Maingear is like the Aston Martin of gaming desktops — its PCs are opulent art pieces that double as high-performance machinery. The company's latest rig, the Rush Superstock (starting at $1,799, reviewed at $7,927), packages high-end components — such as an octa-core Intel Core i7 processor, an Asus Rampage V Extreme motherboard and three Nvidia GeForce 980 Ti GPUs — housed in an exquisite chassis made of aluminum and tempered glass. The result is a gaming rig that will garner more than its fair share of oohs and aahs, whether you're showing it off to friends or kicking ass in your favorite game.
Design: The Beautiful Ones
To quote the legendary artist Prince, "I only wanted to see you underneath the purple rain." Since its arrival, I've been sneaking back to the lab to peak at this amethyst beauty, counting down the minutes until we could be together. The fascination has only intensified since I've started actually using the Rush Superstock.
Now, I can take time to admire and run my fingers over the cool brushed Volt Violet aluminum chassis that's been chemically painted using ElectroColor, the same process used to color iPhones. The end result is a finish that's extremely durable and breathtakingly beautiful. A slender strip of black plastic along the front of the rig informs me in simple white font that this is a Maingear machine.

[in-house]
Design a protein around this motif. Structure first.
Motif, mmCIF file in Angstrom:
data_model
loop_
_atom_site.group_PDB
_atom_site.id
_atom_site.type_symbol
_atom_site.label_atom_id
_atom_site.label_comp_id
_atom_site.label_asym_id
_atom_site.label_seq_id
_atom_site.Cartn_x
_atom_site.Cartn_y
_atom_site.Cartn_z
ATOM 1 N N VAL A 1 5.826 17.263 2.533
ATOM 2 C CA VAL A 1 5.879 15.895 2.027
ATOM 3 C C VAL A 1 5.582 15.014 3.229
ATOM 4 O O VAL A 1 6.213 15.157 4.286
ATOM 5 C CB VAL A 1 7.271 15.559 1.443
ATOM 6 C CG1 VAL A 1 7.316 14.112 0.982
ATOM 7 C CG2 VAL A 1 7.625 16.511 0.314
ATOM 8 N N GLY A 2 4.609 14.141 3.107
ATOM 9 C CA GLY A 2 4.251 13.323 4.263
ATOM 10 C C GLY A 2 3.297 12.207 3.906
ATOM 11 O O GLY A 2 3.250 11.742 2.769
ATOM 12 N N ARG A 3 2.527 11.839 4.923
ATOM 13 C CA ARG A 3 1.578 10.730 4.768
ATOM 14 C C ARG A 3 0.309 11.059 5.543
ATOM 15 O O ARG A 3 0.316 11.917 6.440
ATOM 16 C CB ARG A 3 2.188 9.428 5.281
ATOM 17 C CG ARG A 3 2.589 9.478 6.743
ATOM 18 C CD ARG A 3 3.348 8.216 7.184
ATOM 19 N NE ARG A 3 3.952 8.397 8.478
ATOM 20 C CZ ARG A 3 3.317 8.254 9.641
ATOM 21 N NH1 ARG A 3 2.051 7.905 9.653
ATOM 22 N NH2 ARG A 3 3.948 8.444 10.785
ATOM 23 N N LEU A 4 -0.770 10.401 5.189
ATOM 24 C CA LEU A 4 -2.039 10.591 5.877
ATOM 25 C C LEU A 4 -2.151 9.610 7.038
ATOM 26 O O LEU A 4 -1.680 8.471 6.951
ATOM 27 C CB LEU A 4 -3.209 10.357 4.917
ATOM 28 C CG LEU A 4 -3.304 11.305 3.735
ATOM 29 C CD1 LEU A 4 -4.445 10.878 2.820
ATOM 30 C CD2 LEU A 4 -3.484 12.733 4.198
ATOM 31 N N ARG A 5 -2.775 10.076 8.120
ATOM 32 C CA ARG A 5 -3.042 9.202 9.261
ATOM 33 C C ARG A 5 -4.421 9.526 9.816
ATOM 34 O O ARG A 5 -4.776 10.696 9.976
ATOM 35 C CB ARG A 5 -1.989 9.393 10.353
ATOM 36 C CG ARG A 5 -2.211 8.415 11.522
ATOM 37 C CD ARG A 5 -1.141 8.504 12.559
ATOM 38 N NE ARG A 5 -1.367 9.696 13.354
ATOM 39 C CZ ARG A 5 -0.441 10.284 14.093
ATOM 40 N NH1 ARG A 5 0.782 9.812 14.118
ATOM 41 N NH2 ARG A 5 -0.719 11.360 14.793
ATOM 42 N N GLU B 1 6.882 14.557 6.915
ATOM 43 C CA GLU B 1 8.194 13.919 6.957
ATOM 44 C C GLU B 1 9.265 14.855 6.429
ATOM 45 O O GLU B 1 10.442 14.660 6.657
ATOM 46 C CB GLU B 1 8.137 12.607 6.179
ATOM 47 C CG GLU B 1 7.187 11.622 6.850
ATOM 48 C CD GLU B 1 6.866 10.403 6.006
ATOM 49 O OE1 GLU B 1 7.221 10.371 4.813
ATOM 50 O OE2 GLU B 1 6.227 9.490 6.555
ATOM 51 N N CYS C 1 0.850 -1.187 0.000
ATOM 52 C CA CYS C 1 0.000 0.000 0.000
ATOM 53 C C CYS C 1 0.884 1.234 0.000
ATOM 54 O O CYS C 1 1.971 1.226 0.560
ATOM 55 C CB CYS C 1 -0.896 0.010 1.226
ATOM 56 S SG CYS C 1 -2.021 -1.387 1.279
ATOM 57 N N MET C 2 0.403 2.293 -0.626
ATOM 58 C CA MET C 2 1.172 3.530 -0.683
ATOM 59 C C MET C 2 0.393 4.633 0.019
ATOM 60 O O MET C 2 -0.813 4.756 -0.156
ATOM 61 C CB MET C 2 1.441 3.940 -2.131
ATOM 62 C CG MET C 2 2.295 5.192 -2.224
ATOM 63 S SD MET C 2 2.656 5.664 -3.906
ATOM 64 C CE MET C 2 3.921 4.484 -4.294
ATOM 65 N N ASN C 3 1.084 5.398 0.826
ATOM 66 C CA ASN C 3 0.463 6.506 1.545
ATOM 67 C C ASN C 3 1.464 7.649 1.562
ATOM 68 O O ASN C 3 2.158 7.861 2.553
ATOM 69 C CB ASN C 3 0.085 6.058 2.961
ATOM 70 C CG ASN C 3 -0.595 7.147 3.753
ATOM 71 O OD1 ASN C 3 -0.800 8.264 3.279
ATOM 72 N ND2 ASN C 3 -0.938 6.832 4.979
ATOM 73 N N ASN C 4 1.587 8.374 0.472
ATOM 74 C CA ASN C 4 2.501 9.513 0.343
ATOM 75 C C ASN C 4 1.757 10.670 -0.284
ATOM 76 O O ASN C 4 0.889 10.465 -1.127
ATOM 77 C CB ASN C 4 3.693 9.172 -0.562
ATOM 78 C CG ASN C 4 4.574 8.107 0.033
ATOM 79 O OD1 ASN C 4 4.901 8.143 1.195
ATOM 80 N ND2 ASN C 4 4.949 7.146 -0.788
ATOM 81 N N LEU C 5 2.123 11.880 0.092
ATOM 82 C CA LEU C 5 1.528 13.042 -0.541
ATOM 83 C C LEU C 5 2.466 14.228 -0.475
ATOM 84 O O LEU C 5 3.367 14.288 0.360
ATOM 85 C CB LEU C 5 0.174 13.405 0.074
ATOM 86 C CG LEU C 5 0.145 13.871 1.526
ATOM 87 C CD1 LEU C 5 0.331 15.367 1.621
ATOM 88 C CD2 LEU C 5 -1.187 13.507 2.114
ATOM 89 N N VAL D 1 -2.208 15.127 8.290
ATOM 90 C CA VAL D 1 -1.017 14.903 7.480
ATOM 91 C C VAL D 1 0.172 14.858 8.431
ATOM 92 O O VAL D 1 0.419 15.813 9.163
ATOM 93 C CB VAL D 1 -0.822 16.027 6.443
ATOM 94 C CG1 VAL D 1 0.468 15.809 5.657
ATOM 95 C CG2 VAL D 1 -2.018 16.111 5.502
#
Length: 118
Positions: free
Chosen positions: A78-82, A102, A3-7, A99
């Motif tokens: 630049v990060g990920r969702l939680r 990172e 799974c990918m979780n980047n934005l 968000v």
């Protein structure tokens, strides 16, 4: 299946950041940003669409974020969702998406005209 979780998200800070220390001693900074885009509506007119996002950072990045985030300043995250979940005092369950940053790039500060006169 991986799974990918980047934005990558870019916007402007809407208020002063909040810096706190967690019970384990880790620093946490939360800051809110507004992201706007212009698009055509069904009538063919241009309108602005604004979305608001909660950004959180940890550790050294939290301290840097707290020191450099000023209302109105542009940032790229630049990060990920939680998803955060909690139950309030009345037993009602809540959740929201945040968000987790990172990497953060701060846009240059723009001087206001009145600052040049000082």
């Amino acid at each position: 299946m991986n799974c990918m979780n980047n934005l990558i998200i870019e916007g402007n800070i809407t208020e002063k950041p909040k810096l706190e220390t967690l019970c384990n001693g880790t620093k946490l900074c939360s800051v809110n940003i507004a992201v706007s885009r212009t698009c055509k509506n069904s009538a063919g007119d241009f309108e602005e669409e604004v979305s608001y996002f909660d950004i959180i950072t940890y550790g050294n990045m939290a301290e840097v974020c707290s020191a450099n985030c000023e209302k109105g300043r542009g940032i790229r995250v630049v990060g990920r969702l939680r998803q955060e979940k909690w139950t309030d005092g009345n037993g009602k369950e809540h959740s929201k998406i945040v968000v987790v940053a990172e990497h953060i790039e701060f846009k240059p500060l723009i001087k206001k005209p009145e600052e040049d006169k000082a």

As tantalizing as the aluminum is, the two tempered glass panels on the desktop's sides are the real stars of the show. The transparent sides act as literal windows into this behemoth's soul, and it's hard to look away. Maingear has strategically placed white LEDs around the fans and battery so you can admire the painstaking detail that was put into creating this system. The white nylon-braided cables are woven throughout the black matte interior, held meticulously in place by individual brackets.
While the Violet is visually stunning, Maingear offers 16 color options in either its traditional high-gloss automotive paint or the ElectroColor finish for $399. The nine interior paint options ($399 for standard, $499 for a custom finish) are limited to car paint. You can also choose from seven colors for the LED lighting.